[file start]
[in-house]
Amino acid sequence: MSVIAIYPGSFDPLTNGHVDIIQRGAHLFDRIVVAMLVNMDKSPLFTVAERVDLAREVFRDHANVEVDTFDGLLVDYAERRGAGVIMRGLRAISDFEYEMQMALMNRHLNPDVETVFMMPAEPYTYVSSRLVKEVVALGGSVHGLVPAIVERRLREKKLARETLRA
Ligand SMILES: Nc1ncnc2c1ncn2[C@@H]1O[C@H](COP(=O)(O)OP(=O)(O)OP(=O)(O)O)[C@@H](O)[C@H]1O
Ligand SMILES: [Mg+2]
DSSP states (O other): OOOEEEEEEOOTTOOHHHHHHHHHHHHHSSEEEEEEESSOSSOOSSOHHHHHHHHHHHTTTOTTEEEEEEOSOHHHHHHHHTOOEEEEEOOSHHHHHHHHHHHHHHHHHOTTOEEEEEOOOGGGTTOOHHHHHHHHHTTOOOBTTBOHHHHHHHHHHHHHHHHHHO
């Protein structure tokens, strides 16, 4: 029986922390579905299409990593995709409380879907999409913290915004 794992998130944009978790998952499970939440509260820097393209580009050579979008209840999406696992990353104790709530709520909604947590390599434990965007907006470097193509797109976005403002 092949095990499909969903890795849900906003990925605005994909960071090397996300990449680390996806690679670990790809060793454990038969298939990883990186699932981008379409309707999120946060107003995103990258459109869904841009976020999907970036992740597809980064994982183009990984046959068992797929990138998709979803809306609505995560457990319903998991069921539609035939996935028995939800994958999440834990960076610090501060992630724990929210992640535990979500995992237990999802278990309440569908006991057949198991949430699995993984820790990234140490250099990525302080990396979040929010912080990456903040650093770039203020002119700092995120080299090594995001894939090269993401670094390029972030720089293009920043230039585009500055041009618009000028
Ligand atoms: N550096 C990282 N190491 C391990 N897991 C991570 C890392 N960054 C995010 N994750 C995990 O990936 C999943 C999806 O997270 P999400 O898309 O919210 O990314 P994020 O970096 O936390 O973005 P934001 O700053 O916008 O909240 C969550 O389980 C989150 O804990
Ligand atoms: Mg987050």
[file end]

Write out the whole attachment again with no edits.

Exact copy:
[in-house]
Amino acid sequence: MSVIAIYPGSFDPLTNGHVDIIQRGAHLFDRIVVAMLVNMDKSPLFTVAERVDLAREVFRDHANVEVDTFDGLLVDYAERRGAGVIMRGLRAISDFEYEMQMALMNRHLNPDVETVFMMPAEPYTYVSSRLVKEVVALGGSVHGLVPAIVERRLREKKLARETLRA
Ligand SMILES: Nc1ncnc2c1ncn2[C@@H]1O[C@H](COP(=O)(O)OP(=O)(O)OP(=O)(O)O)[C@@H](O)[C@H]1O
Ligand SMILES: [Mg+2]
DSSP states (O other): OOOEEEEEEOOTTOOHHHHHHHHHHHHHSSEEEEEEESSOSSOOSSOHHHHHHHHHHHTTTOTTEEEEEEOSOHHHHHHHHTOOEEEEEOOSHHHHHHHHHHHHHHHHHOTTOEEEEEOOOGGGTTOOHHHHHHHHHTTOOOBTTBOHHHHHHHHHHHHHHHHHHO
């Protein structure tokens, strides 16, 4: 029986922390579905299409990593995709409380879907999409913290915004 794992998130944009978790998952499970939440509260820097393209580009050579979008209840999406696992990353104790709530709520909604947590390599434990965007907006470097193509797109976005403002 092949095990499909969903890795849900906003990925605005994909960071090397996300990449680390996806690679670990790809060793454990038969298939990883990186699932981008379409309707999120946060107003995103990258459109869904841009976020999907970036992740597809980064994982183009990984046959068992797929990138998709979803809306609505995560457990319903998991069921539609035939996935028995939800994958999440834990960076610090501060992630724990929210992640535990979500995992237990999802278990309440569908006991057949198991949430699995993984820790990234140490250099990525302080990396979040929010912080990456903040650093770039203020002119700092995120080299090594995001894939090269993401670094390029972030720089293009920043230039585009500055041009618009000028
Ligand atoms: N550096 C990282 N190491 C391990 N897991 C991570 C890392 N960054 C995010 N994750 C995990 O990936 C999943 C999806 O997270 P999400 O898309 O919210 O990314 P994020 O970096 O936390 O973005 P934001 O700053 O916008 O909240 C969550 O389980 C989150 O804990
Ligand atoms: Mg987050």